Galileo Update, News Archives

NEWSBRIEFS – Galileo update

Jan 2006 | Comments Off on NEWSBRIEFS – Galileo update

First Galileo satellite launched from Kazakhstan

The EU’s fi rst satellite of the Galileo navigation program has been launched from Kazakhstan. The 600 kg British built spacecraft, named “Giove A,” took off from the Baikonur Cosmodrome on a Soyuz rocket early Wednesday morning (28 December 2005). The satellite is part of Galileo, the €3.4 billion system from which the EU is aiming to deploy a total of 30 satellites by 2010. The network will provide access to precise timing and location services delivered from space to the bloc’s member states. The Galileo project aims to revolutionise industries including transport and will be used in maritime, rail and other navigation systems. According to reorts it will help the EU to set up a new air-traffi c control system, allowing pilots to fly their own routes and altitudes. Giove A will test technologies needed for the other components of the project, like the in-orbit performance of two atomic clocks or radio frequencies assigned to Galileo within the International Telecommunications Union. Galileo is a joint project between the EU and the ESA.

Location of Galileo Programme facilities

The future Galileo Concessionaire has agreed the locations of the various facilities under its responsibility that are required for the successful deployment of the Galileo programme. According to this Agreement the Headquarters of the Galileo Concessionaire will be located in Toulouse, France. The Operations Company will be located in London, United Kingdom.The two Control Centres (Constellation and Mission) will be located in Germany and Italy as well as the two Performance Evaluation Centres supporting the concessionaire headquarters. Spain will host facilities that include redundancy for the Control Centres, and are related to Galileo safety critical applications.Furthermore, a new consortium of German companies will join the team, adding core competencies to the Concessionaire.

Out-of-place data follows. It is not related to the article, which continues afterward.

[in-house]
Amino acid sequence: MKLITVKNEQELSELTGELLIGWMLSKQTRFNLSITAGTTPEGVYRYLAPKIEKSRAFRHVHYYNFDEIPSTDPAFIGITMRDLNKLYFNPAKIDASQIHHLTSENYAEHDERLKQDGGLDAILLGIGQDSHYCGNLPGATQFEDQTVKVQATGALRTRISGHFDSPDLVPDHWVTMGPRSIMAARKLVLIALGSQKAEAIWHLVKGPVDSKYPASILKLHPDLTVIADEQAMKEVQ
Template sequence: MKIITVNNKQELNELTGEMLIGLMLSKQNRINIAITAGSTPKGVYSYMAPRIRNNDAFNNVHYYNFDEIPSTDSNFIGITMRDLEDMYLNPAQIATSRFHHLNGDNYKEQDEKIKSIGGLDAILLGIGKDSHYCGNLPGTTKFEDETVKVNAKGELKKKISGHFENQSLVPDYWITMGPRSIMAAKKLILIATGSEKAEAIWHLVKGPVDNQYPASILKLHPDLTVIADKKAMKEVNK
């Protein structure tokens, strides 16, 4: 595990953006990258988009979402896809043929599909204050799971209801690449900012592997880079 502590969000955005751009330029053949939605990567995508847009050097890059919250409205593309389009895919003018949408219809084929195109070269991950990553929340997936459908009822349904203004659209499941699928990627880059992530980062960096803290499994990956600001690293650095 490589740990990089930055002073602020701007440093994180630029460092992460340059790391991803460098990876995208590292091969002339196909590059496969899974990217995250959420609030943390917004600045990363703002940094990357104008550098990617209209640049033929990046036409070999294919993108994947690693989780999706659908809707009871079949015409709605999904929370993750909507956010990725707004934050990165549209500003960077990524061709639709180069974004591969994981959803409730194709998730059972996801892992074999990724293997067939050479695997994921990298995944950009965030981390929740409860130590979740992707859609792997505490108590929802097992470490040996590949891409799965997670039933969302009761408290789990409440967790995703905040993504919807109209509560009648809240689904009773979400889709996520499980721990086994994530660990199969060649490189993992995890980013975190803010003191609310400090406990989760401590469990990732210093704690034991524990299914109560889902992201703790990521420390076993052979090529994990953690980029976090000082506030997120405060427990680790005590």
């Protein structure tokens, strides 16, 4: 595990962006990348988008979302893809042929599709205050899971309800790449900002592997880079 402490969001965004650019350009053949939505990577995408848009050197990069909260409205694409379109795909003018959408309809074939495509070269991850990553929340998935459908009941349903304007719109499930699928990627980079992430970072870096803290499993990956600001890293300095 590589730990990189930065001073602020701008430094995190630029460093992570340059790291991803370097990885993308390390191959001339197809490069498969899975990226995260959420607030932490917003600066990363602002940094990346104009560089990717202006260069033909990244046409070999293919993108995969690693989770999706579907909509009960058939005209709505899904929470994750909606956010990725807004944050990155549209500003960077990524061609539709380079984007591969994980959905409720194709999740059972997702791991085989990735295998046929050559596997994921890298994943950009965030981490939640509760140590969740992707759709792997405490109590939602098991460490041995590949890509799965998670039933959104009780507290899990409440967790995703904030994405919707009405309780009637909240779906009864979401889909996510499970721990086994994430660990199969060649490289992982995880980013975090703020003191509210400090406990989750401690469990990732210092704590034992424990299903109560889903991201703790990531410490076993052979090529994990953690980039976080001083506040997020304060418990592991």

NovAtel Receives Galileo Safety of Life Receiver contract

NovAtel Inc has announced that it has been awarded a contract by CMC Electronics Inc., to undertake development of a Galileo Safety of Life (SoL) demonstrator receiver for the Canadian Space Agency (CSA). The value of this contract is CDN$500,000.

NovAtel will develop a new Galileo E5a/E5b receiver section for addition to the existing Galileo Test Receiver, which NovAtel had previously developed for the CSA under a Space Technology Development Program contract awarded in September 2004. A modifi ed CMC Electronics CMA- 3024 Global Navigation Satellite Sensor Unit airborne receiver will be integrated with the NovAtel engine.

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